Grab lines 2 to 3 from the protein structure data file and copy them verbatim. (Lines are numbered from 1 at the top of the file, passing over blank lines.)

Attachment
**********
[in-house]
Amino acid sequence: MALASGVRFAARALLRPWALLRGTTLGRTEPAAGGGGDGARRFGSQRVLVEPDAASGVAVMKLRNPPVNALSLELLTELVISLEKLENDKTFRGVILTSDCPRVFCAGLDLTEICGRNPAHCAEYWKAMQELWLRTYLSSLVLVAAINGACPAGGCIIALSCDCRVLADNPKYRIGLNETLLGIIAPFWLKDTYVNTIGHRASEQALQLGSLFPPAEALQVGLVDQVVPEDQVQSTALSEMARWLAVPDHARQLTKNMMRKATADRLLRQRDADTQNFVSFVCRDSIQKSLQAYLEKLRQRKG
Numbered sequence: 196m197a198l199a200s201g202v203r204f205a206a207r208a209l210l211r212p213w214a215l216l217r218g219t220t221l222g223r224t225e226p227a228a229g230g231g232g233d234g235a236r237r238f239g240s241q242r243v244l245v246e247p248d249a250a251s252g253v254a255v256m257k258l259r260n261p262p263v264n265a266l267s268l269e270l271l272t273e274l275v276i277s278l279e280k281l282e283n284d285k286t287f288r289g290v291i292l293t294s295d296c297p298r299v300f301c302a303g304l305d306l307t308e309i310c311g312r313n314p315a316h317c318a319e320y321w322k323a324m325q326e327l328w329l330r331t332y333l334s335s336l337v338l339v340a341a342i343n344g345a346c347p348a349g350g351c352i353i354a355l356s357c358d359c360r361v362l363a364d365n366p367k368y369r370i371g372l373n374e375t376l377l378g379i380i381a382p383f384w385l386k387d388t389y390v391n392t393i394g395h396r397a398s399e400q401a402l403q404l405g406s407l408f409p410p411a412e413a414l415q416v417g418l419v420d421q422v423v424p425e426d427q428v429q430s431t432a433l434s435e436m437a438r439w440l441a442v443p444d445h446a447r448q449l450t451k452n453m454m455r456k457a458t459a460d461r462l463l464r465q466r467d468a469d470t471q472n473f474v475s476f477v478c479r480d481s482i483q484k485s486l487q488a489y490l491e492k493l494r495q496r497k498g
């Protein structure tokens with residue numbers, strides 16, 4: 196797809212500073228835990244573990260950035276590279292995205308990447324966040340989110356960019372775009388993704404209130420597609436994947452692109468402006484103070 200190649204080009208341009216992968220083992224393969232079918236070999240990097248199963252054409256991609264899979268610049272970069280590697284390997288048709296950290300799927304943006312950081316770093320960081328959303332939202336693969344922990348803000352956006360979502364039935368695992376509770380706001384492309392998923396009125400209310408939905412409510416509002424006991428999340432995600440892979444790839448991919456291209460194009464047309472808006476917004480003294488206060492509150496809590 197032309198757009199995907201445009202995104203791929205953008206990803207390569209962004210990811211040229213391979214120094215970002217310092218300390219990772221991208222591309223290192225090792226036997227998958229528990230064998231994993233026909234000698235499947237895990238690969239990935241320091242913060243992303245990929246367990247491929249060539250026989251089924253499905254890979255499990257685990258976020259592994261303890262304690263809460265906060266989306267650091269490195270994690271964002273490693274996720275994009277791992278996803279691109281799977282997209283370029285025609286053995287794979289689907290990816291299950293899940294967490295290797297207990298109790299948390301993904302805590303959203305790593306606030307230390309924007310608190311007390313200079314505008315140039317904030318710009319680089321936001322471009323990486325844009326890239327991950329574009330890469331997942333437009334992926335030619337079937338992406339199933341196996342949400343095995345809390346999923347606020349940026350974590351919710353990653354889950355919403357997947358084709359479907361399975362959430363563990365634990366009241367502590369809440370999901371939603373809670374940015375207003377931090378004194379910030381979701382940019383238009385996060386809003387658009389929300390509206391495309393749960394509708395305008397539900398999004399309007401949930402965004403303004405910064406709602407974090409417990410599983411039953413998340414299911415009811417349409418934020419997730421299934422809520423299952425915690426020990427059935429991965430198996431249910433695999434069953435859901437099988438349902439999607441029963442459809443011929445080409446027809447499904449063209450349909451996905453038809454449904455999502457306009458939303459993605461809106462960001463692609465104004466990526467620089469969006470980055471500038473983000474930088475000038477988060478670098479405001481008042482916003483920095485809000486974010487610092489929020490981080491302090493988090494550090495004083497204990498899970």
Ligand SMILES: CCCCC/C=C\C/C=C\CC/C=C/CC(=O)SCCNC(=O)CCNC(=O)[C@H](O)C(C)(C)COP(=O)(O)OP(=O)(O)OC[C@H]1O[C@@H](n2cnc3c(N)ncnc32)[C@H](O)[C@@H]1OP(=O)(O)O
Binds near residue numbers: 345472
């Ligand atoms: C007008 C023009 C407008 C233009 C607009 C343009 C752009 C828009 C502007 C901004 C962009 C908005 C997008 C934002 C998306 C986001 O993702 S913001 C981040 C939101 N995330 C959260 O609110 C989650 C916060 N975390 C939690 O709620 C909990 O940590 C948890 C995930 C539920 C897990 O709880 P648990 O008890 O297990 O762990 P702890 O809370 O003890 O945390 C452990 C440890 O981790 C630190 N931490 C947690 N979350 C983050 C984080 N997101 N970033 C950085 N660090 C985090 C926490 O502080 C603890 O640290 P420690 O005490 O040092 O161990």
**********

Amino acid sequence: MALASGVRFAARALLRPWALLRGTTLGRTEPAAGGGGDGARRFGSQRVLVEPDAASGVAVMKLRNPPVNALSLELLTELVISLEKLENDKTFRGVILTSDCPRVFCAGLDLTEICGRNPAHCAEYWKAMQELWLRTYLSSLVLVAAINGACPAGGCIIALSCDCRVLADNPKYRIGLNETLLGIIAPFWLKDTYVNTIGHRASEQALQLGSLFPPAEALQVGLVDQVVPEDQVQSTALSEMARWLAVPDHARQLTKNMMRKATADRLLRQRDADTQNFVSFVCRDSIQKSLQAYLEKLRQRKG
Numbered sequence: 196m197a198l199a200s201g202v203r204f205a206a207r208a209l210l211r212p213w214a215l216l217r218g219t220t221l222g223r224t225e226p227a228a229g230g231g232g233d234g235a236r237r238f239g240s241q242r243v244l245v246e247p248d249a250a251s252g253v254a255v256m257k258l259r260n261p262p263v264n265a266l267s268l269e270l271l272t273e274l275v276i277s278l279e280k281l282e283n284d285k286t287f288r289g290v291i292l293t294s295d296c297p298r299v300f301c302a303g304l305d306l307t308e309i310c311g312r313n314p315a316h317c318a319e320y321w322k323a324m325q326e327l328w329l330r331t332y333l334s335s336l337v338l339v340a341a342i343n344g345a346c347p348a349g350g351c352i353i354a355l356s357c358d359c360r361v362l363a364d365n366p367k368y369r370i371g372l373n374e375t376l377l378g379i380i381a382p383f384w385l386k387d388t389y390v391n392t393i394g395h396r397a398s399e400q401a402l403q404l405g406s407l408f409p410p411a412e413a414l415q416v417g418l419v420d421q422v423v424p425e426d427q428v429q430s431t432a433l434s435e436m437a438r439w440l441a442v443p444d445h446a447r448q449l450t451k452n453m454m455r456k457a458t459a460d461r462l463l464r465q466r467d468a469d470t471q472n473f474v475s476f477v478c479r480d481s482i483q484k485s486l487q488a489y490l491e492k493l494r495q496r497k498g